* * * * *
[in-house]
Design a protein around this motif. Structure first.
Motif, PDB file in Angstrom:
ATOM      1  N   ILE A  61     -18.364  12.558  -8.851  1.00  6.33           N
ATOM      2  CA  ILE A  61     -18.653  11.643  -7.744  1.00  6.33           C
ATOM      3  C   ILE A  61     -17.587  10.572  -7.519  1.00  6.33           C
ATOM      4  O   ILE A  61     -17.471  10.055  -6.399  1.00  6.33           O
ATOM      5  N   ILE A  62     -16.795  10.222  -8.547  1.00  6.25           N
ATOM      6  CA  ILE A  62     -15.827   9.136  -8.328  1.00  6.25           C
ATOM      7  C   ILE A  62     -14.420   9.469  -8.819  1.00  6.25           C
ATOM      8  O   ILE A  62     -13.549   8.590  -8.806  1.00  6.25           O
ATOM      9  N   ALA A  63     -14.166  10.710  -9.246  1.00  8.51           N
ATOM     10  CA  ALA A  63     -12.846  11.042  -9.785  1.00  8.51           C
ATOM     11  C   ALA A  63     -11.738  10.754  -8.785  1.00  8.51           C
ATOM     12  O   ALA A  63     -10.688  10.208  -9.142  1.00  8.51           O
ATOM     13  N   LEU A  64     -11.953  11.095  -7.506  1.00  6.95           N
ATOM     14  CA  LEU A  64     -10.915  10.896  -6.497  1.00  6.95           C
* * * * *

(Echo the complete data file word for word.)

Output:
[in-house]
Design a protein around this motif. Structure first.
Motif, PDB file in Angstrom:
ATOM      1  N   ILE A  61     -18.364  12.558  -8.851  1.00  6.33           N
ATOM      2  CA  ILE A  61     -18.653  11.643  -7.744  1.00  6.33           C
ATOM      3  C   ILE A  61     -17.587  10.572  -7.519  1.00  6.33           C
ATOM      4  O   ILE A  61     -17.471  10.055  -6.399  1.00  6.33           O
ATOM      5  N   ILE A  62     -16.795  10.222  -8.547  1.00  6.25           N
ATOM      6  CA  ILE A  62     -15.827   9.136  -8.328  1.00  6.25           C
ATOM      7  C   ILE A  62     -14.420   9.469  -8.819  1.00  6.25           C
ATOM      8  O   ILE A  62     -13.549   8.590  -8.806  1.00  6.25           O
ATOM      9  N   ALA A  63     -14.166  10.710  -9.246  1.00  8.51           N
ATOM     10  CA  ALA A  63     -12.846  11.042  -9.785  1.00  8.51           C
ATOM     11  C   ALA A  63     -11.738  10.754  -8.785  1.00  8.51           C
ATOM     12  O   ALA A  63     -10.688  10.208  -9.142  1.00  8.51           O
ATOM     13  N   LEU A  64     -11.953  11.095  -7.506  1.00  6.95           N
ATOM     14  CA  LEU A  64     -10.915  10.896  -6.497  1.00  6.95           C